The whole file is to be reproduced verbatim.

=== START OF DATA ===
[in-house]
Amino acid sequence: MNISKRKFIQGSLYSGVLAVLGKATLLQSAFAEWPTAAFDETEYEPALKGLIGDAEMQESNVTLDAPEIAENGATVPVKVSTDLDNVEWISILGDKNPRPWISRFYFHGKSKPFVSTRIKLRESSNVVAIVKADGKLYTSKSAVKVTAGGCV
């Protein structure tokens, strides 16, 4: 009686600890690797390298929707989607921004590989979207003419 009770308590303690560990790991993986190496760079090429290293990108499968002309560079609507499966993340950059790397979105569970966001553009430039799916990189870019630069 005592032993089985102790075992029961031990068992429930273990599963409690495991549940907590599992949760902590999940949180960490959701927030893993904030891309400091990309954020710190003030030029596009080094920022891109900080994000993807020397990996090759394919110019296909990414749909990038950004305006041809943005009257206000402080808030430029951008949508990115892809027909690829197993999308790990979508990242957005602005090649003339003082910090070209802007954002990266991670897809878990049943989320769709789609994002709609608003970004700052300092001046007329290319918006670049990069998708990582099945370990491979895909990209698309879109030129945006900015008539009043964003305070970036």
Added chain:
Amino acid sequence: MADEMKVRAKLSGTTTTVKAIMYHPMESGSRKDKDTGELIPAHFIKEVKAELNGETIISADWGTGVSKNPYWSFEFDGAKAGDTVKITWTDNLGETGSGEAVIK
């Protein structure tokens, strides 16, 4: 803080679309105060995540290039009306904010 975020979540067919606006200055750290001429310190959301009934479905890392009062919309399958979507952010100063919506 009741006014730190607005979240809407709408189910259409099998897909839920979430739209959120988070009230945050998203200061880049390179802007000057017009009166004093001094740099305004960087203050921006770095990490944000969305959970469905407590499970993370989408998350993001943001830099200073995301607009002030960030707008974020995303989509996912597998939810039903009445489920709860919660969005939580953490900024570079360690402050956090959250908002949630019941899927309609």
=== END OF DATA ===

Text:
[in-house]
Amino acid sequence: MNISKRKFIQGSLYSGVLAVLGKATLLQSAFAEWPTAAFDETEYEPALKGLIGDAEMQESNVTLDAPEIAENGATVPVKVSTDLDNVEWISILGDKNPRPWISRFYFHGKSKPFVSTRIKLRESSNVVAIVKADGKLYTSKSAVKVTAGGCV
């Protein structure tokens, strides 16, 4: 009686600890690797390298929707989607921004590989979207003419 009770308590303690560990790991993986190496760079090429290293990108499968002309560079609507499966993340950059790397979105569970966001553009430039799916990189870019630069 005592032993089985102790075992029961031990068992429930273990599963409690495991549940907590599992949760902590999940949180960490959701927030893993904030891309400091990309954020710190003030030029596009080094920022891109900080994000993807020397990996090759394919110019296909990414749909990038950004305006041809943005009257206000402080808030430029951008949508990115892809027909690829197993999308790990979508990242957005602005090649003339003082910090070209802007954002990266991670897809878990049943989320769709789609994002709609608003970004700052300092001046007329290319918006670049990069998708990582099945370990491979895909990209698309879109030129945006900015008539009043964003305070970036």
Added chain:
Amino acid sequence: MADEMKVRAKLSGTTTTVKAIMYHPMESGSRKDKDTGELIPAHFIKEVKAELNGETIISADWGTGVSKNPYWSFEFDGAKAGDTVKITWTDNLGETGSGEAVIK
């Protein structure tokens, strides 16, 4: 803080679309105060995540290039009306904010 975020979540067919606006200055750290001429310190959301009934479905890392009062919309399958979507952010100063919506 009741006014730190607005979240809407709408189910259409099998897909839920979430739209959120988070009230945050998203200061880049390179802007000057017009009166004093001094740099305004960087203050921006770095990490944000969305959970469905407590499970993370989408998350993001943001830099200073995301607009002030960030707008974020995303989509996912597998939810039903009445489920709860919660969005939580953490900024570079360690402050956090959250908002949630019941899927309609």